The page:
But this is potentially, and I think fundamentally, naive.  It assumes that such study results should be replicable.  It assumes, as I would put it, that at the level of interest, life = physics.  This is, I believe not just wrong but fundamentally so.

The assumption of replicability is not really different from equating induction to deduction, except in some subtle way applied to a more diverse set of conditions.  Induction of genomic-based disease risk is done on a population like, say, case-control samples, and then applied to the same population in terms of its current members' future disease risks.  But we know very well that different genotypes are found in different populations, so it is not clear what degree of predictability we should, or can, assume.

Replicability is similar except that in general a result is assumed to apply across populations or samples, not just to the same sample's future.  That is, I think, an even broader assumption than the genomics-precision promise that does, at least nominally, now recognize population differences.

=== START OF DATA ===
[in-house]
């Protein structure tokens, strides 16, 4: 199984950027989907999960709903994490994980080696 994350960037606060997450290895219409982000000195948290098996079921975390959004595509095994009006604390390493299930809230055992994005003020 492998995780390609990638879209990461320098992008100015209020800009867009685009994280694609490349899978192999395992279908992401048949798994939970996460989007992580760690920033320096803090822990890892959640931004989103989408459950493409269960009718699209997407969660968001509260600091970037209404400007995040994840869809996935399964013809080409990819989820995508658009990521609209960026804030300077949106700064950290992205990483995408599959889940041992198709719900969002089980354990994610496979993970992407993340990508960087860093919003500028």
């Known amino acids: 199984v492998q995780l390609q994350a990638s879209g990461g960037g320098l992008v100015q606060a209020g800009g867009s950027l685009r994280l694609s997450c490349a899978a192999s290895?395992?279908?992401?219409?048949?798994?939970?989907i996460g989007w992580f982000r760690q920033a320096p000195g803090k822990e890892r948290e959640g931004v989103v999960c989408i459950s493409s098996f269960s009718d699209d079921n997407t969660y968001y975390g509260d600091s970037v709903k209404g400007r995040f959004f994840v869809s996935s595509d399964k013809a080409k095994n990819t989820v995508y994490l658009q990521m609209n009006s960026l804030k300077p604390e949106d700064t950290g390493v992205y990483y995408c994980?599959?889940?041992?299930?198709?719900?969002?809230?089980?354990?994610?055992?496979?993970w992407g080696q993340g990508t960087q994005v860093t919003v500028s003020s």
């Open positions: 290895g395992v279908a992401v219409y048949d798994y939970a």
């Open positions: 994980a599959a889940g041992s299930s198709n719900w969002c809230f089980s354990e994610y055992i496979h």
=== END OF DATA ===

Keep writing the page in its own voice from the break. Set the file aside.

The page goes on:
The real, the deeper problem is that we have absolutely no reason to expect any particular degree of replicability between samples for these kinds of things.  Evolution is about variation, locally responsive and temporary, and that applies to social behavior as well.  We know that 'distance' or difference accumulates (generally) gradually over time and separation as a property of cultural as well as biological evolution.  The same obviously applies even more to psychological and sociological samples and inferences from them.